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8 TV Shows and Movies Like Hannibal You Should Watch If You Like Hannibal

Chew on them

Kaitlin Thomas
Mads Mikkelsen and Hugh Dancy, Hannibal

Mads Mikkelsen and Hugh Dancy, Hannibal

Brooke Palmer/NBCU Photo Bank/NBCUniversal via Getty Images

Looking for something meaty to watch after Hannibal? Creator Bryan Fuller's drama was unlike anything else on television: an operatic, tastefully gruesome, transgressive take on the cannibalistic psychiatrist from Thomas Harris' novels. It was a miracle that the show — which starred Mads Mikkelsen as Hannibal Lecter and Hugh Dancy as FBI profiler Will Graham — aired three seasons on NBC in the first place. But if you're still mourning its untimely cancellation, there are plenty of other shows you can feast on.

Since its finale, fans haven't stopped talking about Hannibal or clamoring for more. While you recover from the mind-altering experience that is Hannibal, check out more shows (and one movie, obviously) that capture different elements of its appeal. If you like Hannibal, this is what you should watch next.

Watch Hannibal Stream on Hulu

Looking for more recommendations for what to watch next? We have a ton of them! And if you're looking for more hand-picked recommendations based on TV shows you love, we have those too, as well as recommendations for Netflix (movies/shows), Amazon Prime Video (movies/shows), Hulu (movies/shows), Disney+ (movies/shows), HBO Max (movies/shows), Apple TV+, and Peacock.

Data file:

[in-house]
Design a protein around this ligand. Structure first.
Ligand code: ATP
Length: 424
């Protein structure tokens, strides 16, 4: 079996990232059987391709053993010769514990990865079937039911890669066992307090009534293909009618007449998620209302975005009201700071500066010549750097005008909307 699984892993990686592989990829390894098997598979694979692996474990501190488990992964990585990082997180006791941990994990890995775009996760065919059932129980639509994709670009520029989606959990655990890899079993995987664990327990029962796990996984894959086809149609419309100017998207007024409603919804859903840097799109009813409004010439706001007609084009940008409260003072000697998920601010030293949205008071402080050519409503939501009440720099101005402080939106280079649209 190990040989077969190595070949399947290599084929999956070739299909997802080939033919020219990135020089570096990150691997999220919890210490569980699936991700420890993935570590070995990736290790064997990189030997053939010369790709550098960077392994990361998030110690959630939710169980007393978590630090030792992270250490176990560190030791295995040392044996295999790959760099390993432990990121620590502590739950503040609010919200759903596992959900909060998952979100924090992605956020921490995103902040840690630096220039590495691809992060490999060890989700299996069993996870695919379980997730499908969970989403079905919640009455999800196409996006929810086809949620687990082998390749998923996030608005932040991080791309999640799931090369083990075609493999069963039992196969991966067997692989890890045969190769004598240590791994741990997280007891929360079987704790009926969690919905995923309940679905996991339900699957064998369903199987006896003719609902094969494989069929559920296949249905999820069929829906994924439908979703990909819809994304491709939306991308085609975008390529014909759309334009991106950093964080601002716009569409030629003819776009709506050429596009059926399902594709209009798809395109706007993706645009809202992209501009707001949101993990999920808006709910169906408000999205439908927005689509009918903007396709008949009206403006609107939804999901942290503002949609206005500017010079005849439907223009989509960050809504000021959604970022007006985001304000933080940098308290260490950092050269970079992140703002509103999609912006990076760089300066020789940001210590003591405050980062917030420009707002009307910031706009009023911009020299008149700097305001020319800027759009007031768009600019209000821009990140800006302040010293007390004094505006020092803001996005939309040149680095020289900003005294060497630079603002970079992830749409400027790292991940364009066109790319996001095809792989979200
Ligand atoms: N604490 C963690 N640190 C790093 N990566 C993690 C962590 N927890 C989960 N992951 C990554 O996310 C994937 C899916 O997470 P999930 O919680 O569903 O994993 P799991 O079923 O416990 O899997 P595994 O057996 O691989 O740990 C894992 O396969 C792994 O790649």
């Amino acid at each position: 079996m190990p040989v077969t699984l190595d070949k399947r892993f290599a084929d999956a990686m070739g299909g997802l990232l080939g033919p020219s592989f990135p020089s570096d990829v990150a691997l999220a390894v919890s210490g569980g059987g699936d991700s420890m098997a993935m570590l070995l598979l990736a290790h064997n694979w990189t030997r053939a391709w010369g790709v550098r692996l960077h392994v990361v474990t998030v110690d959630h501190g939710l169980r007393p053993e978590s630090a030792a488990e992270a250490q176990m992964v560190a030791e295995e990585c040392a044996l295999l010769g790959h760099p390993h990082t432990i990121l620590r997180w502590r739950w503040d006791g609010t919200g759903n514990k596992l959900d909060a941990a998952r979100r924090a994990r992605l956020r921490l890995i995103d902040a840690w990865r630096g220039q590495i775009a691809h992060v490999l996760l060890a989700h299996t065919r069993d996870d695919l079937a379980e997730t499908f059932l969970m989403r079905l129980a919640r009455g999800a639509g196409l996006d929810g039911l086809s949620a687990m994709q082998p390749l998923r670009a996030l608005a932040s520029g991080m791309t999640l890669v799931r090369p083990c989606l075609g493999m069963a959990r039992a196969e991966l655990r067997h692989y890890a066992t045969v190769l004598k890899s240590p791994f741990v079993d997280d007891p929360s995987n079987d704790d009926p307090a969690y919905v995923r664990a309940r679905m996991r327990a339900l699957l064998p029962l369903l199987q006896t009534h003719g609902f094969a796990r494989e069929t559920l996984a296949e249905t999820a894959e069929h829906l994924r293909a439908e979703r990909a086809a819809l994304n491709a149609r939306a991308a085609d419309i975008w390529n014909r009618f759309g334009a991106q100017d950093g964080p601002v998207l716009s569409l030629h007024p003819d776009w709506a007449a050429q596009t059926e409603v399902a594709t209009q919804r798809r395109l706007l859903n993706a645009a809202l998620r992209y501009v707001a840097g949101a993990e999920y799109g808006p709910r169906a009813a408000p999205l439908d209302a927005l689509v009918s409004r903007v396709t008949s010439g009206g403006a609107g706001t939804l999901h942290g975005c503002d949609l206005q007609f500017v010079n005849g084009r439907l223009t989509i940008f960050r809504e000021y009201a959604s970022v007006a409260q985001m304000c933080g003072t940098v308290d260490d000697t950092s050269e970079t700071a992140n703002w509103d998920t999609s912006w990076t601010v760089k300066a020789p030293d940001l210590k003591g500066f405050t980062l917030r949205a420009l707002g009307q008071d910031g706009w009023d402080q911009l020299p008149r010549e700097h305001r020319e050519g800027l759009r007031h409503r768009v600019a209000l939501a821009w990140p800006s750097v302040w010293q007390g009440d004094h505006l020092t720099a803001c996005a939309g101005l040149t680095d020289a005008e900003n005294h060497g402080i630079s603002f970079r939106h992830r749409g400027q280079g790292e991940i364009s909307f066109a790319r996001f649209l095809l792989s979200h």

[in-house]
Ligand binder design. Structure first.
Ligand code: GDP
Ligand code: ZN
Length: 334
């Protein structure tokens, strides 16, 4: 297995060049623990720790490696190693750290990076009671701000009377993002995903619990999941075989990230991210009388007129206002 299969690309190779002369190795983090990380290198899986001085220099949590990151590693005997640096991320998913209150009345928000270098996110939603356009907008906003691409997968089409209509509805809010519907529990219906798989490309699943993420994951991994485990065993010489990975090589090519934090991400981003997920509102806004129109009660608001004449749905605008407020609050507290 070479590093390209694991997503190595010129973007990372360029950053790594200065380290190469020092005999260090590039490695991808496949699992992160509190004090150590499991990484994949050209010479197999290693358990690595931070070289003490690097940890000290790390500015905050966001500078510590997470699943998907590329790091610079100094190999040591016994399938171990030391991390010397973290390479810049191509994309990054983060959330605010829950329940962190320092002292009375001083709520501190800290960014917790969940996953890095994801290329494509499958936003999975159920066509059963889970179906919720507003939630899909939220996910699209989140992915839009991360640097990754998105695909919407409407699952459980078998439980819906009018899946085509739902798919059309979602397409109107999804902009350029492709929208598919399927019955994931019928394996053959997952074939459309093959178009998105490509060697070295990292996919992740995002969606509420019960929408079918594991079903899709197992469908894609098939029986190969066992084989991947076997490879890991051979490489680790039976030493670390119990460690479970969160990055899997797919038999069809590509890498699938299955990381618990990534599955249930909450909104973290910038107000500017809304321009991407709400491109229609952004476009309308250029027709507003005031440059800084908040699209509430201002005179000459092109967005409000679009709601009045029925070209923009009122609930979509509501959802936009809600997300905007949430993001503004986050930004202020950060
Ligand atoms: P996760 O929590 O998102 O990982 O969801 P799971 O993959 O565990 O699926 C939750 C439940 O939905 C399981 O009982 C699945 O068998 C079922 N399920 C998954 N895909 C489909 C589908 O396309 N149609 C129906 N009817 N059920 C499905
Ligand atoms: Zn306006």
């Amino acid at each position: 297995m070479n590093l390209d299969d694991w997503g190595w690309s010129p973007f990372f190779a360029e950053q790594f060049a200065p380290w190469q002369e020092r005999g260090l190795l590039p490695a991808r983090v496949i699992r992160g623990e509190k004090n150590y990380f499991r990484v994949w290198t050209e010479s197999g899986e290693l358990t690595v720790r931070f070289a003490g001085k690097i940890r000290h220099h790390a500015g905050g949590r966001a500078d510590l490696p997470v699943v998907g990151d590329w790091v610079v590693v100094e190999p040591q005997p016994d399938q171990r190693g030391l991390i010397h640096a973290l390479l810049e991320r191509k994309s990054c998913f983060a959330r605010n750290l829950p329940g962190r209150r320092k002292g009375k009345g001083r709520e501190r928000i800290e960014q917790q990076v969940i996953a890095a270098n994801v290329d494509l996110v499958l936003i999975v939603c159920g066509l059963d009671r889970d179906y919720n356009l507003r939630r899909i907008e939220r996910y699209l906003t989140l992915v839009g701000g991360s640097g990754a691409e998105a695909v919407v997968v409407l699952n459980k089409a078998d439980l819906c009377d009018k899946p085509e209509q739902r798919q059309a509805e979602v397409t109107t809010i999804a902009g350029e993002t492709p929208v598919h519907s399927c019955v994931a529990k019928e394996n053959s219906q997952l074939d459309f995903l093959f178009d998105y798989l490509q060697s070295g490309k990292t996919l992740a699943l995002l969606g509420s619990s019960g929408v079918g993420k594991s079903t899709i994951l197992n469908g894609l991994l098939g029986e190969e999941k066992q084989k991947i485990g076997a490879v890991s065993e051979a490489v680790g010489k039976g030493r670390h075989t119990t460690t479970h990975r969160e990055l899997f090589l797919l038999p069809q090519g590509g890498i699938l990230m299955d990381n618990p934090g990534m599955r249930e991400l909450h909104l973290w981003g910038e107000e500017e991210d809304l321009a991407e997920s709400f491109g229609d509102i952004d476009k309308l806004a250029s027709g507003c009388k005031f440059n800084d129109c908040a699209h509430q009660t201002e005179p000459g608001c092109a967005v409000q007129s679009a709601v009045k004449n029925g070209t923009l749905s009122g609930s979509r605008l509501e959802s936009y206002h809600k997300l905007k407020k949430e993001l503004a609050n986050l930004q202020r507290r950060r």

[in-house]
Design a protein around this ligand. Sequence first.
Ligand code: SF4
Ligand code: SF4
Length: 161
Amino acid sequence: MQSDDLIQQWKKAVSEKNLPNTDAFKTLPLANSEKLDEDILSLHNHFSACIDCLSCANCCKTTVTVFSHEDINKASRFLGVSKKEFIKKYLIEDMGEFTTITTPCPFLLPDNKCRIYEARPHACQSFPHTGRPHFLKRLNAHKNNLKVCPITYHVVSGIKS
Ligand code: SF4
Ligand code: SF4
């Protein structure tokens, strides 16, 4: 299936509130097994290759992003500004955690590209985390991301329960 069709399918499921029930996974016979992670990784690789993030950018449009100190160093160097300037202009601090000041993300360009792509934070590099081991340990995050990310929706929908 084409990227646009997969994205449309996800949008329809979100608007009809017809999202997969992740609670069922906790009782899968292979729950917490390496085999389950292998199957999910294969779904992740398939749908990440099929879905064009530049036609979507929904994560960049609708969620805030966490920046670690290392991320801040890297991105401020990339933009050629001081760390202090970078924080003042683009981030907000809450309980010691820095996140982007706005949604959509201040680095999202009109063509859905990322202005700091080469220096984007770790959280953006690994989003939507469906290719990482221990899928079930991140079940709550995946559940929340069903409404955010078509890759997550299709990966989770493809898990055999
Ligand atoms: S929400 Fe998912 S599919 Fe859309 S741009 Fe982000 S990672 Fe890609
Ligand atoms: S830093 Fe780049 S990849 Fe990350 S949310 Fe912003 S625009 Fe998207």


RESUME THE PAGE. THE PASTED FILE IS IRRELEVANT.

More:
Rebecca Breeds, Clarice

Rebecca Breeds, Clarice

Brooke Palmer/CBS

A lot of Hannibal fans seemed disappointed that Clarice was not actually Hannibal Season 4 in a trench coat, but consider this: As devastating as its cancellation was, Hannibal ended perfectly. Clarice Starling deserves a turn in the spotlight too. This short-lived CBS procedural, set a year after the events of The Silence of the Lambs, was (seemingly) canceled after one season, but it's still an interesting follow-up. And since the show legally can't mention Hannibal Lecter due to rights issues with Thomas Harris' books, it's left with no choice but to put its focus where it should be anyway: on one of the coolest heroines of all time. Australian actress Rebecca Breeds makes it look easy to take over the role made famous by Jodie Foster, slipping into Clarice's West Virginia accent as she gets to work chasing new creeps while unpacking her own trauma. The show doesn't match the horror of the film or the stunning theatricality of Hannibal. But fans looking to kick back with a well-executed procedural will find plenty to chew on. -Kelly Connolly 

The Silence of the Lambs

Anthony Hopkins and Jodie Foster, Silence of the Lambs

Anthony Hopkins and Jodie Foster, The Silence of the Lambs